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This year's NGA convention show floor was bustling with independent operators there to check out the latest products, equipment, and technology promising to drive top-line sales and increase efficiencies in their stores. But away from the floor, in a quiet hallway inside the sprawling Caesars Palace Convention Center in Las Vegas, I took advantage of another key attribute of the show: the opportunity to connect with intriguing retailers whom I'd never before met, and who are taking on daunting challenges with guts and grit -- and some help from NGA.
The hallway held an enormous display of collectibles and artwork, all part of a silent-auction fundraiser organized by NGA's prestigious Asparagus Club to fund scholarship initiatives. There to support the Asparagus Club's efforts were a number of industry leaders, including Larry McCurry, who recently retired from Unilever; Kellogg's Russ Hockin; and retailers Mike and Kathy Needler, Leonard Harris of Chatham Foods, and Kurt Rodhe of Rodhe's IGA SuperCenter. Also on hand were NGA's Christine Cunnick; IGA USA's new president and c.e.o., Mark Batenic; and many others.
I began talking shop with Wyoming-based retailers Carmen and James Diehl, and then with independent grocer Jack Shakoor of Caldwell, N.J., and quickly became engrossed in listening to how they compete in their chain-dominated markets.
Having attended the first NGA convention, held in 1982, James Diehl, owner of Diehl's supermarket in Moorcroft, Wyo., has understandably witnessed many changes in our industry. According to this down-to-earth grocer, however, what hasn't changed is his respect for the organization.
"We have a lot of confidence in NGA because the group has always looked out for the best interests of family-owned stores," he said.
'Level playing field'
His spouse and business partner, Carmen Diehl, who two years ago became the first woman ever elected to the board of directors of Norfolk, Neb.-based Affiliated Foods Midwest, concurred. "NGA's focus on family-owned businesses, especially in the area of succession planning, is to be commended," she noted. "When my first husband passed away, I became the owner of our small, family-owned Joe's Food Center, located in Upton, Wyo. I personally can attest to the value of proper succession planning."
The Diehls, who together own a third store, Paradise Foods, in the resort town of Pine Haven, Wyo., are also thankful for their wholesaler, Affiliated Foods Midwest, a co-op for which NGA board member Marty Arter has served as president for about four years.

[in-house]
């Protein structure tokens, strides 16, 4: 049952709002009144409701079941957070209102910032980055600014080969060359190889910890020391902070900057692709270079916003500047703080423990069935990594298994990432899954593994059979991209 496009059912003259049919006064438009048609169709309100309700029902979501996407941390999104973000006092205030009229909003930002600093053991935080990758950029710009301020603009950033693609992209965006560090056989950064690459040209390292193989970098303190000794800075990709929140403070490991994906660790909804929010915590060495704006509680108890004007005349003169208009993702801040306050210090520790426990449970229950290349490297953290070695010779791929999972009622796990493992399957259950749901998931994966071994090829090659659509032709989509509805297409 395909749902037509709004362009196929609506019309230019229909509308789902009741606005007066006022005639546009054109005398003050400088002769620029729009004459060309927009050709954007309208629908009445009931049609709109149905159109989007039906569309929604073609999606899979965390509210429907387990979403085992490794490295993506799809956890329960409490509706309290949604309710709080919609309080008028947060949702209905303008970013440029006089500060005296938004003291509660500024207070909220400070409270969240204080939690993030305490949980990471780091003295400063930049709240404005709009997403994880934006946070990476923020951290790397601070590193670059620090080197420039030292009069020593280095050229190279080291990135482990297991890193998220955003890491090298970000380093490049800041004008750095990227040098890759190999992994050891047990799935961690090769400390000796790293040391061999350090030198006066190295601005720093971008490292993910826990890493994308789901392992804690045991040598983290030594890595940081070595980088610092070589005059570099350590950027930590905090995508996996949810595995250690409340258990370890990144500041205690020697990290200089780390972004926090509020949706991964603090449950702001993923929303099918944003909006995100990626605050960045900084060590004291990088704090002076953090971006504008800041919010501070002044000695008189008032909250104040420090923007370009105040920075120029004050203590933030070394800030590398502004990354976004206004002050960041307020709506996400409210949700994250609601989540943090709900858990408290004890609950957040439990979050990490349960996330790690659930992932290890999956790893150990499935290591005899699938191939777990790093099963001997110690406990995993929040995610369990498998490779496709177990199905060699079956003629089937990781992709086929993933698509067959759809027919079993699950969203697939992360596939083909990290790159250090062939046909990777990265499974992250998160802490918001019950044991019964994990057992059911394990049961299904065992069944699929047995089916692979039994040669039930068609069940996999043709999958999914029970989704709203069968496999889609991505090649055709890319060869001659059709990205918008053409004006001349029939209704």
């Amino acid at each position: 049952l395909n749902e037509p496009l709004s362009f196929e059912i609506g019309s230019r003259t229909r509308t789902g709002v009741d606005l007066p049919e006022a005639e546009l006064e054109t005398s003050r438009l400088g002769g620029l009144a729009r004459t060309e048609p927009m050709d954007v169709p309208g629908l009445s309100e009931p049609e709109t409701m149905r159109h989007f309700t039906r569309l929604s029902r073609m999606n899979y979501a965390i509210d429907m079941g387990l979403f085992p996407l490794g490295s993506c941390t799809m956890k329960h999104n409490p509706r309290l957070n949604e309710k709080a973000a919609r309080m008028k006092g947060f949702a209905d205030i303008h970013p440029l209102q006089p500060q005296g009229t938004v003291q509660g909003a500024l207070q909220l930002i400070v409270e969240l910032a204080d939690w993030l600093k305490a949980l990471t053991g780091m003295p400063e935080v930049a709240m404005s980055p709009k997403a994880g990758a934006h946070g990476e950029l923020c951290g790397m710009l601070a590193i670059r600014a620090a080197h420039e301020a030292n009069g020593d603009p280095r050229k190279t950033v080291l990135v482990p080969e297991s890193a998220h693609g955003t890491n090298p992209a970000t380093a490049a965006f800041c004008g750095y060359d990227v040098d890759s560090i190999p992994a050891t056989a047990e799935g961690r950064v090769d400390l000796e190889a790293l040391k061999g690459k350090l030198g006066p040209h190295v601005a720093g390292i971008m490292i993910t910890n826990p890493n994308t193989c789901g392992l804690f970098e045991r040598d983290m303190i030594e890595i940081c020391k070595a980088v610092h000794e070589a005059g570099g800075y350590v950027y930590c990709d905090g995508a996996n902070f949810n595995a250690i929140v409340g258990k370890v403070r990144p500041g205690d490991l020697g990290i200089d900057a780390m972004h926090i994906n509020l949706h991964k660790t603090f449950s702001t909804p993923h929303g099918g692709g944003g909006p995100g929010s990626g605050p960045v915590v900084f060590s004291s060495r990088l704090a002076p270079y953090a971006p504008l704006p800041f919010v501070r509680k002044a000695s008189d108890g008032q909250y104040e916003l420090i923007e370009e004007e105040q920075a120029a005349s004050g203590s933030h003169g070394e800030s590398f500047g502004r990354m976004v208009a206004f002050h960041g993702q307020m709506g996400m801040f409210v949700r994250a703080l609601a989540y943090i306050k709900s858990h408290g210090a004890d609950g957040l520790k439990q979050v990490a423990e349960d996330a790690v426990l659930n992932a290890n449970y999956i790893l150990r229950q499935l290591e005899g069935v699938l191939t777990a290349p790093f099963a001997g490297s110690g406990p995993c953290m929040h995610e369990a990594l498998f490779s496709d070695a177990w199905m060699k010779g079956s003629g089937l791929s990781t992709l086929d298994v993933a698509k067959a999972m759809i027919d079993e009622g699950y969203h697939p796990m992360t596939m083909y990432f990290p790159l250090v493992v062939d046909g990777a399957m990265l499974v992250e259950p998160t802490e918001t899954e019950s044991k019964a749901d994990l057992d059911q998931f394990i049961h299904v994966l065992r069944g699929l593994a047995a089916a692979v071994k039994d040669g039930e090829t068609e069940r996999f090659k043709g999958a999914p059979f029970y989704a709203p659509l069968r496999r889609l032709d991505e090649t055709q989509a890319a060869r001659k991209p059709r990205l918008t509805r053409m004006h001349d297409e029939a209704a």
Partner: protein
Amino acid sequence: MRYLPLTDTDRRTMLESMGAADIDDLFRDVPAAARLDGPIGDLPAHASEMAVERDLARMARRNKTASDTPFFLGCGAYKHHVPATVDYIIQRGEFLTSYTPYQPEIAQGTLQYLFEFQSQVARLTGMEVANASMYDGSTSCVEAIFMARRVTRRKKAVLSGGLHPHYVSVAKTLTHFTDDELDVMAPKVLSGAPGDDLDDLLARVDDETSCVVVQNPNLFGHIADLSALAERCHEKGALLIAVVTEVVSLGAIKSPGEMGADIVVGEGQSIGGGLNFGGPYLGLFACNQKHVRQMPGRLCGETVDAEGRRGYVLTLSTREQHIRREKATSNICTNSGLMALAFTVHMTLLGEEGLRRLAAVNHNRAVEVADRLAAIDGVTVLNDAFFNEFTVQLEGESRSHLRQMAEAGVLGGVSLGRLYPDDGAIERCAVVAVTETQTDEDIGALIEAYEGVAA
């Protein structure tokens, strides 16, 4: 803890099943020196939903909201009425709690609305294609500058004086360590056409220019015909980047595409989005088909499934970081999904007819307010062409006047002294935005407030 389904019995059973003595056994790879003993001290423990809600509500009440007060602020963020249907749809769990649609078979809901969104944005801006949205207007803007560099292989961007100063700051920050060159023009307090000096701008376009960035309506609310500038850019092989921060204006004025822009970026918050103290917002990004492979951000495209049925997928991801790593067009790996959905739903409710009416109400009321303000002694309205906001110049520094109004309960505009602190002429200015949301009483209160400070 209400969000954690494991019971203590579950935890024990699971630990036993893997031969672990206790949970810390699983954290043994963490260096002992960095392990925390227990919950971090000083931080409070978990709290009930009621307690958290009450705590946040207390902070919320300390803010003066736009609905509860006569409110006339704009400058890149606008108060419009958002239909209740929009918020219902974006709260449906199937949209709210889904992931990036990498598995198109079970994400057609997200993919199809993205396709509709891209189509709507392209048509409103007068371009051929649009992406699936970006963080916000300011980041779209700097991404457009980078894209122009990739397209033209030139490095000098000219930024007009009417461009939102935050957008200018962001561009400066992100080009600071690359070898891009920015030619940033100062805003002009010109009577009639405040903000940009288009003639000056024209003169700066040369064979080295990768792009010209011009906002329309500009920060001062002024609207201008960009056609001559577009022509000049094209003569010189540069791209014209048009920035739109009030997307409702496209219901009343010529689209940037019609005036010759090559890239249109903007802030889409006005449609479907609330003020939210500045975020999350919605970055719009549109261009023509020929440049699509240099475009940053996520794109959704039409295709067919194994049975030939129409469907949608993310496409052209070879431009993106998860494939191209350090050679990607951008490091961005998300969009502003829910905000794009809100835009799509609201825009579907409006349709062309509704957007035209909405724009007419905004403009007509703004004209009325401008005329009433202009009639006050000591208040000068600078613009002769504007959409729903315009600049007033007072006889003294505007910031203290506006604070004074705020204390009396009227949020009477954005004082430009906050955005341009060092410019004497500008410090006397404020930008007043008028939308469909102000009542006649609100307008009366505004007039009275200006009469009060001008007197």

"When it comes to the cost of goods sold, all members are on a level playing field," said Carmen Diehl of the co-op, which she said mainly services the ShurFine, ShurFresh, and IGA banners in 12 states. "The only variance relates to transportation costs."
She added, "We retailers own the warehouse -- and that gives us much more control of what happens in our stores."
Also appreciating NGA's devotion to independents is Shakoor, owner of two 20,000-plus-square-foot Jack's Foodtown supermarkets in New Jersey.
A 40-year veteran of the food industry, Shakoor began his career as a clerk and moved through the ranks at Pathmark, where he worked for 19 years. "Pathmark treated me so well, and they provided me with a great education," he said. "My work there ultimately inspired me to own my own stores."
While he can't ignore the Wal-Mart Supercenters now operating in his market, Shakoor said he's convinced that the 80-plus ShopRite supermarkets blanketing New Jersey provide even tougher competition. "ShopRite is a strong banner, and their stores are very similar to ours," he admitted. "As an independent, I really feel they're more of a threat to us than Wal-Mart."
Keeping it simple
Working side by side with his 120 associates every day, Shakoor said he promotes a "commonsense" business philosophy. "First, you've got to have employees who are happy both at home and at work," he said. "I encourage them always to have fun."
Regarding store operations: "In my view, it's really the simple things we do that keep us competitive. For example, if we're out of stock on a big-selling item, our store managers automatically head to the closest competitor with their corporate American Express cards and purchase what we need to keep our customers happy. Why should we be the ones out of stock?
"We also pay close attention to our weekly purchases," continued Shakoor. "With technology today, you don't need anything in the back room or coolers. Take milk, for instance. When we put milk on display in the dairy case, we want our customers to know that they'll have eight and a half to nine days to use that product. That tells a lot about a store's overall freshness."
What keeps this silver-haired retailer awake at night? For one thing, the highly competitive New Jersey real estate market. "There are a lot of sites in Jersey that would make great grocery stores and allow our company to grow," explained Shakoor. "But as a family-owned business, it's impossible to compete with a national drug store chain that comes into town and plops down $20 million for a corner location, while we're trying to justify paying $3 per square foot for common-area maintenance charges at our current locations, plus another $3 a foot for real estate taxes."
Adding to the pressure is a local market that's also tough on profits. "Price is still very important to supermarket customers in New Jersey. They want a fair deal. That forces us to keep overhead low, and our departments compact.
"We've fast become a business whose expenses exceed 30 percent, and it's getting tougher to make a profit," concluded Shakoor. "As a storeowner, I'm constantly asking myself, how much do I really need to live well?"
Independent Retailing Editor Jane Olszeski Tortola can be reached at JanieOT@aol.com.